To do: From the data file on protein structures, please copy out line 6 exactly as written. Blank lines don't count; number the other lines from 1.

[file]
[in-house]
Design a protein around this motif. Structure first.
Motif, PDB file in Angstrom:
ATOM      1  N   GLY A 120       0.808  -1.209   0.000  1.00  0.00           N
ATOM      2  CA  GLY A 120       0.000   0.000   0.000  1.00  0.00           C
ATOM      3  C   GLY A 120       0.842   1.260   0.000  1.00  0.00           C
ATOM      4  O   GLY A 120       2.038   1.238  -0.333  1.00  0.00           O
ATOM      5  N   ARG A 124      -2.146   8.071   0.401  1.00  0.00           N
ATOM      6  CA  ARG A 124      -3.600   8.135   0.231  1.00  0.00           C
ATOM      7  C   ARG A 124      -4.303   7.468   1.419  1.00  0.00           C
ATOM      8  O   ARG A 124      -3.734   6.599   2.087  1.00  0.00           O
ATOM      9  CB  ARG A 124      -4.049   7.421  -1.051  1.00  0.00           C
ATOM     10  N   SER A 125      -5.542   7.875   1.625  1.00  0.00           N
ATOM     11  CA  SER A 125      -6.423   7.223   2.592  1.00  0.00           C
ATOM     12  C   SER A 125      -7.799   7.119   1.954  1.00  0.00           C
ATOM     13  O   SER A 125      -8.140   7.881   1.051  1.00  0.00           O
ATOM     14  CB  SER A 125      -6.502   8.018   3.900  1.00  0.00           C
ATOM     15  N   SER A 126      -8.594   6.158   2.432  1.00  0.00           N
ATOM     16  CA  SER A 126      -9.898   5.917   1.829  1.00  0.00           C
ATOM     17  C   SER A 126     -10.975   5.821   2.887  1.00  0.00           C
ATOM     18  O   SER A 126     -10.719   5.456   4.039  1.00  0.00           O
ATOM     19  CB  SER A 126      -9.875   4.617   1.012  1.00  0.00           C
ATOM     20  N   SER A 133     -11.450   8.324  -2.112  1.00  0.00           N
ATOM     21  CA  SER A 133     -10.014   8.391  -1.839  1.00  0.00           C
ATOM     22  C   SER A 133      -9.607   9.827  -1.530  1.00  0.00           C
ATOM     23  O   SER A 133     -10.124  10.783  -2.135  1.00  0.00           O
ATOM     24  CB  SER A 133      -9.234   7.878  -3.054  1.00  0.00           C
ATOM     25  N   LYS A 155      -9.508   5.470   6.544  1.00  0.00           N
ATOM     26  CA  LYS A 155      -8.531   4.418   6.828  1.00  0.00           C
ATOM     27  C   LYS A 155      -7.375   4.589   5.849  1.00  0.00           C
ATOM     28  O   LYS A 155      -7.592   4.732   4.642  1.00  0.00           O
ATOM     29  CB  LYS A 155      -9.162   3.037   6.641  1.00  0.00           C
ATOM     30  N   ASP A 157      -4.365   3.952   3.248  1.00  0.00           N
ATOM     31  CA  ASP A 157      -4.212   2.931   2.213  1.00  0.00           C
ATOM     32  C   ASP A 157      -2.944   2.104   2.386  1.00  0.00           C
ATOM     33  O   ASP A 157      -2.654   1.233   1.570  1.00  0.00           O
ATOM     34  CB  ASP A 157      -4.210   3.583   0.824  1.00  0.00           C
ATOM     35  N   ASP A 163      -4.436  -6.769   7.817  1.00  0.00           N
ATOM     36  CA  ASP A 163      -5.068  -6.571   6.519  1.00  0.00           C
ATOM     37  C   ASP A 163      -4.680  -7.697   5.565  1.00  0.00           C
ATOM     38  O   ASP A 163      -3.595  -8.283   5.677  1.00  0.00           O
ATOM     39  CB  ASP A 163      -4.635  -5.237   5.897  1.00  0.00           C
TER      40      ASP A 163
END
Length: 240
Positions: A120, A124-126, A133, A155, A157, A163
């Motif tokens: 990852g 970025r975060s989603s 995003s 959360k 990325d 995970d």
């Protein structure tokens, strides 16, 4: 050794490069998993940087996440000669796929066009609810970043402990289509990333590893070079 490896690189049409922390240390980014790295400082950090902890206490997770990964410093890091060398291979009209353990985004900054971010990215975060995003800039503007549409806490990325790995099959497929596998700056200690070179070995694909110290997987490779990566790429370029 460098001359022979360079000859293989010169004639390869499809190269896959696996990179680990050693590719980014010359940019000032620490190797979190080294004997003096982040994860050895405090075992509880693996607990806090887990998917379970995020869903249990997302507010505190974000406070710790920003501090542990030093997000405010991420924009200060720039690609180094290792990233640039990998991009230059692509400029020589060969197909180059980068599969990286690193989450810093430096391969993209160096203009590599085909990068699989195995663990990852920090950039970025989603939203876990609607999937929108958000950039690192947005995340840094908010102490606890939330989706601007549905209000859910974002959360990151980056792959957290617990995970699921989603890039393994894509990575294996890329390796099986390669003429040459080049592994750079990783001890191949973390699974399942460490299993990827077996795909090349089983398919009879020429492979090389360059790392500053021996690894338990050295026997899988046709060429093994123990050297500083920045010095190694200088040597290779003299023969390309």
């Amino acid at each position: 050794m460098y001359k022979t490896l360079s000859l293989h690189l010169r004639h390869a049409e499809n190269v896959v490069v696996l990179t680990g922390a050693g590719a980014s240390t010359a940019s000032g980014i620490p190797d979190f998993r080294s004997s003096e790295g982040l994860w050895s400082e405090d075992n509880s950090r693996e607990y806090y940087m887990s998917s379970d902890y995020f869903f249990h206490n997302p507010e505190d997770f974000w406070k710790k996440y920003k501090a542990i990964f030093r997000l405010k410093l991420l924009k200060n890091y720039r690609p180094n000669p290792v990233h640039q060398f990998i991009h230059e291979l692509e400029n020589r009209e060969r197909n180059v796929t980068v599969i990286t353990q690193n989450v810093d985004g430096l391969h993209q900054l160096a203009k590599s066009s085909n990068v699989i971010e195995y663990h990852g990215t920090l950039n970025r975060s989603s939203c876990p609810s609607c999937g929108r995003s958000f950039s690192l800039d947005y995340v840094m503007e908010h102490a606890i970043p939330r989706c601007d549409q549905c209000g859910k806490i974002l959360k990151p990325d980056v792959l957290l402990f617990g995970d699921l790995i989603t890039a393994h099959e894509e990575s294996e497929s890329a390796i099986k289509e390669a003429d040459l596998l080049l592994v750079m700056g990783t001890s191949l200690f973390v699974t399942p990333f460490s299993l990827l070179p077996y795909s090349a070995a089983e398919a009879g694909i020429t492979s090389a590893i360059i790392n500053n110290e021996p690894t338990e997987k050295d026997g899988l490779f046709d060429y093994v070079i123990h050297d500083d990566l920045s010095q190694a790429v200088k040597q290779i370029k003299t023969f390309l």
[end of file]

ATOM      3  C   GLY A 120       0.842   1.260   0.000  1.00  0.00           C